The recent federal budget was noteworthy mostly for feared measures that did not come to pass: principally, there was no change to the current 50% capital gains tax inclusion rate or even a rumoured elimination of the tax-free capital gains on principal residences.
Still, as Canadians turn their attention to the looming May 1st tax-filing deadline, financial advisors and tax professionals aren’t convinced their clients can breathe easily just yet, particularly if they are business owners.
While it was expected some boutique tax credits would be targeted, the main casualty was the loss of the tax credit on public transit passes. But that may be a straw in the wind. “I feel they are going for a more general credit and deduction strategy and in effect unwinding the credits put in place by the Conservatives,” says Tridelta Financial vice president, wealth advisor Matthew Ardrey. He says we may be in “for some interesting changes in the tax landscape in the coming years.”
As T.E. Wealth’s senior vice president Warren Baldwin points out, tax planning is akin to the proverbial dog chasing its tail, because “the government has all the cards and can alter the rules of the process quite easily.”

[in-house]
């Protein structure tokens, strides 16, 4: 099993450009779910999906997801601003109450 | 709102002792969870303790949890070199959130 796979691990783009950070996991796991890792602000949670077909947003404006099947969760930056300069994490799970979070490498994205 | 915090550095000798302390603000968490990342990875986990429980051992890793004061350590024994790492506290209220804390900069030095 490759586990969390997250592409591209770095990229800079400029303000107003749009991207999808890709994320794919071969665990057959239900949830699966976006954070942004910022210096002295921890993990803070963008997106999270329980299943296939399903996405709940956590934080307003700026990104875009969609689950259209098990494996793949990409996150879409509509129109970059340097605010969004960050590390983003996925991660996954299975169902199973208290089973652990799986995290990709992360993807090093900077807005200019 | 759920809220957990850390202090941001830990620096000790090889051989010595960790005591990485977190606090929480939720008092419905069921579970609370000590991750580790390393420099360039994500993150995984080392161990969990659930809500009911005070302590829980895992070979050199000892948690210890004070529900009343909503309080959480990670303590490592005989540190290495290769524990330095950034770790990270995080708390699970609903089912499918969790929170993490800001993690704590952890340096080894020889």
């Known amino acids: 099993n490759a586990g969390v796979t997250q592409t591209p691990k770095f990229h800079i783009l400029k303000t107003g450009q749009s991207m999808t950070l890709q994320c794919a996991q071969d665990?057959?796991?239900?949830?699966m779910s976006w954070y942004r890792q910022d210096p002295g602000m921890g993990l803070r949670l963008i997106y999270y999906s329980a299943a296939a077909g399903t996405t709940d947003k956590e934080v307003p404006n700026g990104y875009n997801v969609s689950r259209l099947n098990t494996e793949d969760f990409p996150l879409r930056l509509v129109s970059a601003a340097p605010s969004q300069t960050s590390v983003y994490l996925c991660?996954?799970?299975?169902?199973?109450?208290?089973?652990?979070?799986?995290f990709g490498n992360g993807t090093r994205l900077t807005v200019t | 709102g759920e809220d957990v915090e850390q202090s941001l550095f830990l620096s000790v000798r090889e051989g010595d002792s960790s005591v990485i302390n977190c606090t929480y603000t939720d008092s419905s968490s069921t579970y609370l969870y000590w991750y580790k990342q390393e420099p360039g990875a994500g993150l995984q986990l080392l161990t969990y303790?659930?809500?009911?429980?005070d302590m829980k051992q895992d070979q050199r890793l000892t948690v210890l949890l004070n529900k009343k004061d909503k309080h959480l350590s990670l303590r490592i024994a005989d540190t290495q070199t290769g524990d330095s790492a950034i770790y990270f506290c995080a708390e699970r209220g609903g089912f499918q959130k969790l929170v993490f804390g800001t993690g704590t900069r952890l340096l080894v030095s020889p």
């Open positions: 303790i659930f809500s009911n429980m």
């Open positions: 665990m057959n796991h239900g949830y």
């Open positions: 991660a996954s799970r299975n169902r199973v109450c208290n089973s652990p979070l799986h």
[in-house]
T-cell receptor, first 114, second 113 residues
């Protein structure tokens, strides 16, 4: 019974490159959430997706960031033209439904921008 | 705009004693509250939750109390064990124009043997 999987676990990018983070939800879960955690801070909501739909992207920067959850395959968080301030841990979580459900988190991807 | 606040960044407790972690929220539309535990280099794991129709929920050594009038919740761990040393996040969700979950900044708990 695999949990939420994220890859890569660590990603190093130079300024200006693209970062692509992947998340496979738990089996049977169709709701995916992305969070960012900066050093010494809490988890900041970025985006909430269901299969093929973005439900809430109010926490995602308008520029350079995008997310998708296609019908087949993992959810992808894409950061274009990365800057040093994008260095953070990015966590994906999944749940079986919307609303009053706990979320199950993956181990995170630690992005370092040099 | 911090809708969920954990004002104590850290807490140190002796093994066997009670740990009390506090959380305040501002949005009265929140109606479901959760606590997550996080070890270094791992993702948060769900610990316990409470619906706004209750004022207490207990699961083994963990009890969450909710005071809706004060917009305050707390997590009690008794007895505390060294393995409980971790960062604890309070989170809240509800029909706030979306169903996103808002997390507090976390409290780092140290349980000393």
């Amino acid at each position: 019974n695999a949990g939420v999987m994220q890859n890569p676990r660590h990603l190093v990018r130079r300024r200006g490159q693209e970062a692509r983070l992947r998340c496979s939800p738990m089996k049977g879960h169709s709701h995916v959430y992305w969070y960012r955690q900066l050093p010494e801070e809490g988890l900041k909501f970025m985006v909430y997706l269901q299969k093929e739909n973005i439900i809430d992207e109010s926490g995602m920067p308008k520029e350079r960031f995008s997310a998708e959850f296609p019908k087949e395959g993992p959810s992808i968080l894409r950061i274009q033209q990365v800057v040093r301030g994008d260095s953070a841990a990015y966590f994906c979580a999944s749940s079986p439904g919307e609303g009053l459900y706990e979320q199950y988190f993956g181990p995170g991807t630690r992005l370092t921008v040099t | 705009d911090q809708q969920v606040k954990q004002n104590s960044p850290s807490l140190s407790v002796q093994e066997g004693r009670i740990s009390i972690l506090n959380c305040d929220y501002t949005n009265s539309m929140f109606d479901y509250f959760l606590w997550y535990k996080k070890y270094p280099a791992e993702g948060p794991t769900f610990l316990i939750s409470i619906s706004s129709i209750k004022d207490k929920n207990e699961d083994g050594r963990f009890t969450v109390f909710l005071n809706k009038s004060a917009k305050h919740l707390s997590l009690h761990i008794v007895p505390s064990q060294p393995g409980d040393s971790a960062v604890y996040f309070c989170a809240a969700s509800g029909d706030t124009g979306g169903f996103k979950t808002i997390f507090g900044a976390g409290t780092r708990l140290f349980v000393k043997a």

Some seniors fretted about a pre-budget rumour that the Age Credit — an extra $7,125 tax-free zone once you reach age 65 — might be phased out. This did not occur, but because the Age Credit is means-tested, this was hardly a major win for affluent seniors. As Baldwin notes, the Age Credit is 15% clawed back after $35,927 of net income and completely eliminated when net income reaches $83,427.
While the budget for 2017 stood pat on capital gains, inclusion rate increases could still come later in the Liberal’s mandate. Investors can do several things to prepare, such as triggering gains in 2017 or early 2018 (paying the tax now instead of later) or just planning to hold long-term. After all, even if today’s government raised the inclusion rate, a future one could reduce it again.
Fortunately, pension income splitting remained intact. Pension splitting “is a sleeper,” Baldwin says, since some believe spousal RRSP contributions no longer matter because pension income can be split. But he says it would be hard for Ottawa to unwind spousal RRSP structures. “Shun spousal RRSPs if you wish but I still think they are a strong strategy.”
Small-business owners have reason for concern. As Tridelta’s Ardrey notes, three budget measures that could affect business owners include income sprinkling by family members in corporations, tax deferral on passive income, and converting dividend income to capital gains on sale.